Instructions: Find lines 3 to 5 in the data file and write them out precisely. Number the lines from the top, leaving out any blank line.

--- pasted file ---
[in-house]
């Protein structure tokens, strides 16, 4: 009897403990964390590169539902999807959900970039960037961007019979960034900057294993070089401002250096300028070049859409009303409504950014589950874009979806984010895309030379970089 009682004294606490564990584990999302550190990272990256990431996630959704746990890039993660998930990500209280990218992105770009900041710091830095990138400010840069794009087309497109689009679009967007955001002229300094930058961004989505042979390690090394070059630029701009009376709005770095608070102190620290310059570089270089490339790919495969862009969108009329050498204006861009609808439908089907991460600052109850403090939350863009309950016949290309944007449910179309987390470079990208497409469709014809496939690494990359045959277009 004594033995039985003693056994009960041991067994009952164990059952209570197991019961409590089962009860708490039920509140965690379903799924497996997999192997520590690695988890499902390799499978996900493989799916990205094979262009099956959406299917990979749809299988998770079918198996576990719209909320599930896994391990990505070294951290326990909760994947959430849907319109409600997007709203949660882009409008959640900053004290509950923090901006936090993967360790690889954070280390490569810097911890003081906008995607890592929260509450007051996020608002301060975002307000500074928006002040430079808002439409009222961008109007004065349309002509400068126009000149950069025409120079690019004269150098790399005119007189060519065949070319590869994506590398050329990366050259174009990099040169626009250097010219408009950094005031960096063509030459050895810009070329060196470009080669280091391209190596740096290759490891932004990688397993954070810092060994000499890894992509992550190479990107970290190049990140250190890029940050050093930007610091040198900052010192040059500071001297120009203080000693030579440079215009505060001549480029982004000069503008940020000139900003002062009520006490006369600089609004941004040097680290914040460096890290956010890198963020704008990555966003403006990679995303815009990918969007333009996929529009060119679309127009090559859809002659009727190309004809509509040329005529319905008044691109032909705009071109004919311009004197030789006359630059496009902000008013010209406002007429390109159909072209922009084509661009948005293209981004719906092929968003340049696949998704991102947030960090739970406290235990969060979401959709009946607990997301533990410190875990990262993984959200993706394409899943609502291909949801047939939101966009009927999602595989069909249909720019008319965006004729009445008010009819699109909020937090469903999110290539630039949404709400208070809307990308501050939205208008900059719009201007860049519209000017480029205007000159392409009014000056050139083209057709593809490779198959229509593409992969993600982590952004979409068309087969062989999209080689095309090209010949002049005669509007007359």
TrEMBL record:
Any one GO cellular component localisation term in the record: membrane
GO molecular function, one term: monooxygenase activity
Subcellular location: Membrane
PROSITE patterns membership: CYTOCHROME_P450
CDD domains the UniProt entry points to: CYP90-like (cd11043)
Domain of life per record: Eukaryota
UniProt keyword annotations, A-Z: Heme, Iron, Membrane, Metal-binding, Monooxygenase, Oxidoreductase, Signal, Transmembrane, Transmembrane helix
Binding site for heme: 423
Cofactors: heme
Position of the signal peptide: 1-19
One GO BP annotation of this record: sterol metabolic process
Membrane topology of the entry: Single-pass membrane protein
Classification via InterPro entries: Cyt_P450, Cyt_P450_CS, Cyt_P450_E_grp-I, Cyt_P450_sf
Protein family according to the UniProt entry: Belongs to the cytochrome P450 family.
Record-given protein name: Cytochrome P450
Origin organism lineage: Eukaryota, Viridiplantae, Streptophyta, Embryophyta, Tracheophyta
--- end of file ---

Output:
TrEMBL record:
Any one GO cellular component localisation term in the record: membrane
GO molecular function, one term: monooxygenase activity